The status and the full text of Bill C-11 are available at

Upcoming Supreme Court of Canada cases. Meanwhile, in an unprecedented development, five copyright appeals are scheduled to be heard in the Supreme Court of Canada in December 2011.

Two of these appeals, namely SOCAN v. Bell Canada, et al. (#33800) and Province of Alberta as represented by the Minister of Education, et al. v. Canadian Copyright Licensing Agency Operating as "Access Copyright"(#33888), relate to the "fair dealing" exception to copyright infringement. The Copyright Act currently provides that any "fair dealing" with a work for purposes of private study or research, or for criticism, review or news reporting is not infringement.

The Supreme Court will decide whether 30-second "previews" of music clips fall within the "research" category of fair dealing and whether photocopying of excerpts from textbooks for use in a classroom constitutes fair dealing. As noted above, the existing categories of fair dealing include research and private study but additional categories, including education, will be introduced under Bill C-11.

Two of the Supreme Court appeals relate to the definition of "copyright" under paragraph 3(1)(f) of the current Copyright Act, which is not to be amended by Bill C-11. Paragraph 3(1)(f) of the Copyright Act provides:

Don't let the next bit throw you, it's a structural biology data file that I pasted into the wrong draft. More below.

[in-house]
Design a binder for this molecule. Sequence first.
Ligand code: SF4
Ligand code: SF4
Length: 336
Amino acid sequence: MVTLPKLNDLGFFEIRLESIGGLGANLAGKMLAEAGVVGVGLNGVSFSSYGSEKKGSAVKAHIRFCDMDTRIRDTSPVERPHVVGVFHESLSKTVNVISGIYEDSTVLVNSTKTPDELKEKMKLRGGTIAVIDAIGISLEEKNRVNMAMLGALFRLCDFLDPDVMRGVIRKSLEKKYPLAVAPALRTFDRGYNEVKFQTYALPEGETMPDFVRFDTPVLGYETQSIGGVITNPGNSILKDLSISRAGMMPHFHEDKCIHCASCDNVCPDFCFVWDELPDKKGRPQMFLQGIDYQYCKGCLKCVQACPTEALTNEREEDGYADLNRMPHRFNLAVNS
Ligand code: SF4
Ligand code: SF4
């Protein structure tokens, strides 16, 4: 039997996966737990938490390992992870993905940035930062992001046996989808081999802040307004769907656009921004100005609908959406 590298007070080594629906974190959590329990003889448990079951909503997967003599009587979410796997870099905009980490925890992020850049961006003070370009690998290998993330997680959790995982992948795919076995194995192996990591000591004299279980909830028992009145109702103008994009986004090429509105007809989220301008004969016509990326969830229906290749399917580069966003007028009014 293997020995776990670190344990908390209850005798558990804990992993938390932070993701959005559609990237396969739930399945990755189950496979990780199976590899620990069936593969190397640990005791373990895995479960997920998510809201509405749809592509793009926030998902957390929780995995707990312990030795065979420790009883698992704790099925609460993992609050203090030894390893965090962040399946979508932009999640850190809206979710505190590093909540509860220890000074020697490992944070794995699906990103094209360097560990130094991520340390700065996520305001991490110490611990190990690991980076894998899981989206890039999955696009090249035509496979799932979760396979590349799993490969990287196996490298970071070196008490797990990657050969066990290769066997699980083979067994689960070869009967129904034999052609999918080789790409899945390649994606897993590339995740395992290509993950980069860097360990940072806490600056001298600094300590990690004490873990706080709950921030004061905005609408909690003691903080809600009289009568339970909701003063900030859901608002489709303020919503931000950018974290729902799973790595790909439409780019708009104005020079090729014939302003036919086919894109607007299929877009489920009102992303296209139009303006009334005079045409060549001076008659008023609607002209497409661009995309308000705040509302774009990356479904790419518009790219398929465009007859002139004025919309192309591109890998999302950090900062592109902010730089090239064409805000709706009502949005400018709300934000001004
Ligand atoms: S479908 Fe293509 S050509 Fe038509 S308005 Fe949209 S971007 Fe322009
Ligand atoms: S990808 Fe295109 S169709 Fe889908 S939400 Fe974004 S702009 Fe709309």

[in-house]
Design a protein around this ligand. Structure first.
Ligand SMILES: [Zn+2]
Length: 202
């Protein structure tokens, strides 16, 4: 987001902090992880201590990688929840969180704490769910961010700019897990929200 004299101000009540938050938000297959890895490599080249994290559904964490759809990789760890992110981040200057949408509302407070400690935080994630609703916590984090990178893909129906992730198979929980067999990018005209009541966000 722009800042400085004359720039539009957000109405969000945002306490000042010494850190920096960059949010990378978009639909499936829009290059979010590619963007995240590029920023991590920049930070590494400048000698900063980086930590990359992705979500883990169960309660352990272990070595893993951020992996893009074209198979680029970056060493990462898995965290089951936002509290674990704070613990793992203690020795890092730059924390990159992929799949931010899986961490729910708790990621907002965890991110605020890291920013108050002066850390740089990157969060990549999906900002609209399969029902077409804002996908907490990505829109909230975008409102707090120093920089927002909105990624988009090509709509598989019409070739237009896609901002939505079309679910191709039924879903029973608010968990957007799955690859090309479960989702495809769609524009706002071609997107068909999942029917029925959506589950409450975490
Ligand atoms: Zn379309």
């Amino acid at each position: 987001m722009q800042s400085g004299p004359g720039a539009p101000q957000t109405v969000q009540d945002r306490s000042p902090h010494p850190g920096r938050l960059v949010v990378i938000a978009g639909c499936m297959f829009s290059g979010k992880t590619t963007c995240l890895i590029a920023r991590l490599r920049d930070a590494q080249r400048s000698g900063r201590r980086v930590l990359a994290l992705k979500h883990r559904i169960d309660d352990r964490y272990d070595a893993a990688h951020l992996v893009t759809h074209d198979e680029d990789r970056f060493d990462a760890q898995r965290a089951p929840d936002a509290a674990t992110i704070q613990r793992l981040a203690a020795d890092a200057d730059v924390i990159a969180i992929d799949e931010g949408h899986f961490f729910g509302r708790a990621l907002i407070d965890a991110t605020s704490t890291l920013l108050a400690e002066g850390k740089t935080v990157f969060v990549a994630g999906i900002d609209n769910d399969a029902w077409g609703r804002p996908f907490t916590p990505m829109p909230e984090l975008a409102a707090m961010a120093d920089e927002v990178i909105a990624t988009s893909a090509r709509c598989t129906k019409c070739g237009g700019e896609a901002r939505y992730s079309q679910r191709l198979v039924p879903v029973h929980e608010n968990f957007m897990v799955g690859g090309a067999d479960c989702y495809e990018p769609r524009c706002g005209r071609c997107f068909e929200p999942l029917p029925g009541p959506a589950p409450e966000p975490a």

3. (1) For the purposes of this Act, "copyright", in relation to a work, means the sole right to produce or reproduce the work or any substantial part thereof in any material form whatever, to perform the work or any substantial part thereof in public or, if the work is unpublished, to publish the work or any substantial part thereof, and includes the sole right


(f) in the case of any literary, dramatic, musical or artistic work, to communicate the work to the public by telecommunication

In Entertainment Software Association et al. v. SOCAN (#33921), the Supreme Court will consider whether a download of a video game that includes copyrighted music is a communication of that music "to the public by telecommunication." Similarly, the Supreme Court will also consider in Rogers Communications Inc. et al. v. SOCAN (#33922) whether paragraph 3(1)(f) covers ISPs providing consumers access to websites where consumers can download or stream copyrighted music.

In the final copyright appeal to be heard in 2011, namely Re: Sound v. Motion Picture Theatre Associations of Canada, et al. (#34210), the Supreme Court will consider whether copyright holders should be compensated when their copyrighted music work is communicated to the public as part of a movie shown in theatres or as part of a television program.

As a result of legislative reform and an unprecedented quintet of copyright appeals to be heard by the Supreme Court of Canada, significant changes to copyright law in Canada will likely be in place very soon.

The preceding is intended as a timely update on Canadian intellectual property and technology law. The content is informational only and does not constitute legal or professional advice. To obtain such advice, please communicate with our offices directly.